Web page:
An exhibition of blurred recollections, of portraits fading into the neutral pit of ennui and blank-faced introspection, this is first solo exhibition on African shores of the young French artist selected by Saatchi Art as “one of 12 emerging international artist to invest in”.
For the Christopher Moller Art Gallery this is the second coup in as many years, having hosted an exhibition by another of the Saatchi-anointed, Andrew Salgado, in early 2014.
Lou Ros’ work is strikingly audacious in the consistent perversion of the linear approach to composition; certain aspects of the image are allowed meticulous definition, while the remainder of the canvas experiences a blurred and streaked fate.
On +/- 20 canvasses of all sizes, the pop art element is in evidence, with abstract oil smears and strokes upon the glacial faces that populate the monochromatic background of the Somewhere scene, but it is held back sufficiently enough to frustrate the label-conscious.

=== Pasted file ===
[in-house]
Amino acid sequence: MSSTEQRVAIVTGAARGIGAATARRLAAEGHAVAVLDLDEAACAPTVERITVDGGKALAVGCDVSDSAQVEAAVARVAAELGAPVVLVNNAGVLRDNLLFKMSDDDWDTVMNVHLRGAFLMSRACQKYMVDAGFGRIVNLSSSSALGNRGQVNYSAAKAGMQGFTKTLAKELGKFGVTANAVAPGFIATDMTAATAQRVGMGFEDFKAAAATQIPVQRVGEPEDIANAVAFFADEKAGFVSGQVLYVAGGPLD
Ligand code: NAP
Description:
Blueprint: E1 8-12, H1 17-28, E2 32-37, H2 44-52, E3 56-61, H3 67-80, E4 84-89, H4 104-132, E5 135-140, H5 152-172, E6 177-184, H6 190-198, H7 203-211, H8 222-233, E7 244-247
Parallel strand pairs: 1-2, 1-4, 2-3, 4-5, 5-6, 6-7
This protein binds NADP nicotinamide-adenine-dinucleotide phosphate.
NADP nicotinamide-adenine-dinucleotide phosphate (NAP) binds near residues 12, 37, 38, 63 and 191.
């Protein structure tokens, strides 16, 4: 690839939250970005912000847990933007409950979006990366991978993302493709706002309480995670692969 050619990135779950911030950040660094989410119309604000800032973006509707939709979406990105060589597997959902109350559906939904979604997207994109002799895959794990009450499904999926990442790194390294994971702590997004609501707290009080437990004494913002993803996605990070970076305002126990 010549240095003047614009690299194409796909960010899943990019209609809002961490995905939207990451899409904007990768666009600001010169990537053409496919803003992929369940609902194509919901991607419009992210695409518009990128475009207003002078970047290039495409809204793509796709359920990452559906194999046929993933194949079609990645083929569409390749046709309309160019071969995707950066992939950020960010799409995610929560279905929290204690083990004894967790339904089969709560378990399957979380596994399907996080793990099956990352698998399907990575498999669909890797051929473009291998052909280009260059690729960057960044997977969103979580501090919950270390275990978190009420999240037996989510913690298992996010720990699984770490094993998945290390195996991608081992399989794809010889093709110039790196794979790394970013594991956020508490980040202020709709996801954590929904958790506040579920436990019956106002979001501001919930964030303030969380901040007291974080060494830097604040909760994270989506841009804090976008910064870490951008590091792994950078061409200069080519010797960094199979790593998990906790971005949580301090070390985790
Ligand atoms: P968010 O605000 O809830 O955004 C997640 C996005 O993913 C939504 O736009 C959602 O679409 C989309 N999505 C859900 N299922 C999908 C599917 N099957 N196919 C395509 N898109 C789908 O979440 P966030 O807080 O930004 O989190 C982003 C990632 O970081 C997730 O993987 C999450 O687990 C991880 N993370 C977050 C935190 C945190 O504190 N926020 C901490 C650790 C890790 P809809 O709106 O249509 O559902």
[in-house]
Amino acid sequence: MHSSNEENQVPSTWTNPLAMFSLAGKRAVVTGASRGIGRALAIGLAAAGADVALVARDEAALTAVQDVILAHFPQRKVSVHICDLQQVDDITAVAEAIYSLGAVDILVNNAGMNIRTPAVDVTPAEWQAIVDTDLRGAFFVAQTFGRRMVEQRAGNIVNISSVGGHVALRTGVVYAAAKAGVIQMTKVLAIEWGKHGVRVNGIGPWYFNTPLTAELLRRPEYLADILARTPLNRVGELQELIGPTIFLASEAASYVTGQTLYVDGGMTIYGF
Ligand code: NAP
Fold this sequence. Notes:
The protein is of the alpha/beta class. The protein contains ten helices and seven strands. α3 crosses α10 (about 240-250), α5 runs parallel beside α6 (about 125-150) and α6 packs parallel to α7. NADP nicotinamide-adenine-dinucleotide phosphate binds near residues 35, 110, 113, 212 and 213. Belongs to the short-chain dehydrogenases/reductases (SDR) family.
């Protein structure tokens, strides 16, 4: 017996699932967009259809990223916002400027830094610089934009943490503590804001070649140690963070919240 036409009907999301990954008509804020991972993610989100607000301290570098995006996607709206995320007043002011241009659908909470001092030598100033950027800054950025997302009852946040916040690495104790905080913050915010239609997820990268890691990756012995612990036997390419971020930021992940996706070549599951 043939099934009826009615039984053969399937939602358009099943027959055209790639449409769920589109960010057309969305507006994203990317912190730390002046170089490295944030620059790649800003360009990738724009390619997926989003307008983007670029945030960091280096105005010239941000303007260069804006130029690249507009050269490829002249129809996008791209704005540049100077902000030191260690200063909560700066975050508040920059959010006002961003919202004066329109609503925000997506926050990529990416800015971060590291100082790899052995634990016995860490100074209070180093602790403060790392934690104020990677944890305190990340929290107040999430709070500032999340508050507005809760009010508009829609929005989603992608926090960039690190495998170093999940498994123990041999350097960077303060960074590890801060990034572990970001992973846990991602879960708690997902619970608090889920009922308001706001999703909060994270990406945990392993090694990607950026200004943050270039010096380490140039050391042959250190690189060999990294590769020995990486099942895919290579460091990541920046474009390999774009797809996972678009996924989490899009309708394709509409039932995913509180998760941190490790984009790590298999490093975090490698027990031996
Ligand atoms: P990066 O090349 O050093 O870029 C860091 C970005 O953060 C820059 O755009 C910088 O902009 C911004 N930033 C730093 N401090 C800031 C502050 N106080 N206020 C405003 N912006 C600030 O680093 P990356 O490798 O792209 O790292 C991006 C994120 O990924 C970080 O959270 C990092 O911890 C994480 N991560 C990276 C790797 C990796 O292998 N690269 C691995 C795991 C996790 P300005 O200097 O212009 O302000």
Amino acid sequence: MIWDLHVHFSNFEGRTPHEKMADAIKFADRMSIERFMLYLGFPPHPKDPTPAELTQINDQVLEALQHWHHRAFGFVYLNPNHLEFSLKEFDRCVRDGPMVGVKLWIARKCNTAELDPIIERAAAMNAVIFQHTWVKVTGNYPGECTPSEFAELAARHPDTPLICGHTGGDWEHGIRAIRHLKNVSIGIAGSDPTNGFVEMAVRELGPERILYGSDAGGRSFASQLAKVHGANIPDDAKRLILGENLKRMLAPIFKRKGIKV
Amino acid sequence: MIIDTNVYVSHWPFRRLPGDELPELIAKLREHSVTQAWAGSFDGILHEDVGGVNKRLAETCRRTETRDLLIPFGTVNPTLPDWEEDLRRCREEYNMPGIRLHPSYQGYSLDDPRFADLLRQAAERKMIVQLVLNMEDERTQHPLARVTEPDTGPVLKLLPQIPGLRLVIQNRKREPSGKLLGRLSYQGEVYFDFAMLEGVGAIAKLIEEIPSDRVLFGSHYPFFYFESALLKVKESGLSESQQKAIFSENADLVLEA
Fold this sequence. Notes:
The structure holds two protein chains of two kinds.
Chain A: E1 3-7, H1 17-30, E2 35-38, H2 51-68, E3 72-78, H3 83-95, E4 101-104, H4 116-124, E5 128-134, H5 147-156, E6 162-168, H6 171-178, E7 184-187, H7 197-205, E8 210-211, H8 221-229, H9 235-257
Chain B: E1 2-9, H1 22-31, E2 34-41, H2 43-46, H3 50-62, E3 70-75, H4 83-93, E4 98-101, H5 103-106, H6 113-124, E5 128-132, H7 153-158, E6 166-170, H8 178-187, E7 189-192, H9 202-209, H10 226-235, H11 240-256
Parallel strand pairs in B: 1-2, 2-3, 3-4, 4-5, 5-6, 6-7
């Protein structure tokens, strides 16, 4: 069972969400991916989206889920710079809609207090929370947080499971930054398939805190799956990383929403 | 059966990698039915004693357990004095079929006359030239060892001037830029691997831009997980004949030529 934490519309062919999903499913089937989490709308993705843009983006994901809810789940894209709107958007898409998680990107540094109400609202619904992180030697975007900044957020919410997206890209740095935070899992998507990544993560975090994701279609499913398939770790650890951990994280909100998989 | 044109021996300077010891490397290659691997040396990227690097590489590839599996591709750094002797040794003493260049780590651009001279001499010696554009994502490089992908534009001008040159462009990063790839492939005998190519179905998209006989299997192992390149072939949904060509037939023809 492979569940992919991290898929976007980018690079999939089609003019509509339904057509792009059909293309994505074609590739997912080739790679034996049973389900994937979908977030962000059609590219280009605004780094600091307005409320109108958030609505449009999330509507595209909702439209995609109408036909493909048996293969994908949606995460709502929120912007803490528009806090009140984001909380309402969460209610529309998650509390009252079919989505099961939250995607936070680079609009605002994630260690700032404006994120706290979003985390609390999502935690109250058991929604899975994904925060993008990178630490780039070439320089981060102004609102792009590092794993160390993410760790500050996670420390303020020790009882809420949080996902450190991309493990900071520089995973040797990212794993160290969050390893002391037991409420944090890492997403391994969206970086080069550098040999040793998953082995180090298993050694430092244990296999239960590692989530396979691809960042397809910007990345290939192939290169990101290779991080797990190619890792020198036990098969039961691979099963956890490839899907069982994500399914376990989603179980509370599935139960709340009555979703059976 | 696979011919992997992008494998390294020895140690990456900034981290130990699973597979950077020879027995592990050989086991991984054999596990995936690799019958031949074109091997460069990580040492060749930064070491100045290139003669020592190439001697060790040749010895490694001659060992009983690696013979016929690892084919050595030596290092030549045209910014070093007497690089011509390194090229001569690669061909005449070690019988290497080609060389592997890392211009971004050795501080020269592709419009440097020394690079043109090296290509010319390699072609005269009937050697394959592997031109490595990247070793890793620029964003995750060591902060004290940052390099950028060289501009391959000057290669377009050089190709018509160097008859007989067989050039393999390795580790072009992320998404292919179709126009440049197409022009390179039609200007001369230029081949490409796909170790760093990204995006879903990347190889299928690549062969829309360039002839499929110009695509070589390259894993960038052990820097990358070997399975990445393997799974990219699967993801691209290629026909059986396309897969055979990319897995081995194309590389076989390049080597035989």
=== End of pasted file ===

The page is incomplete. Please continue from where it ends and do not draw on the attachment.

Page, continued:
The wondrous aspect of the exhibition is its casual strength in avoiding both caricature and genre definition. The ‘JMP 2’ portrait of the artist’s partner, for example, is a sublime neo classic statement on femininity, yet lightly flecked with incongruous reds and pink tendrils.
‘Playmates’ is a lurid-yet-decayed snippet of nostalgia for 1960’s sexual liberation, wherein the leggy girls in their daringly short miniskirts and white knee high boots are rendered as faceless effigies with bunny ears.
Revealing memories as opaque vistas through a drunkard’s glass, Ros is a master of the twilight déjà vous. The oracles at Saatchi Art have prophesied well.
Somewhere – a solo exhibition by Lou Ros – can be seen at the Christopher Moller Gallery, 29 January to 3 March 2015.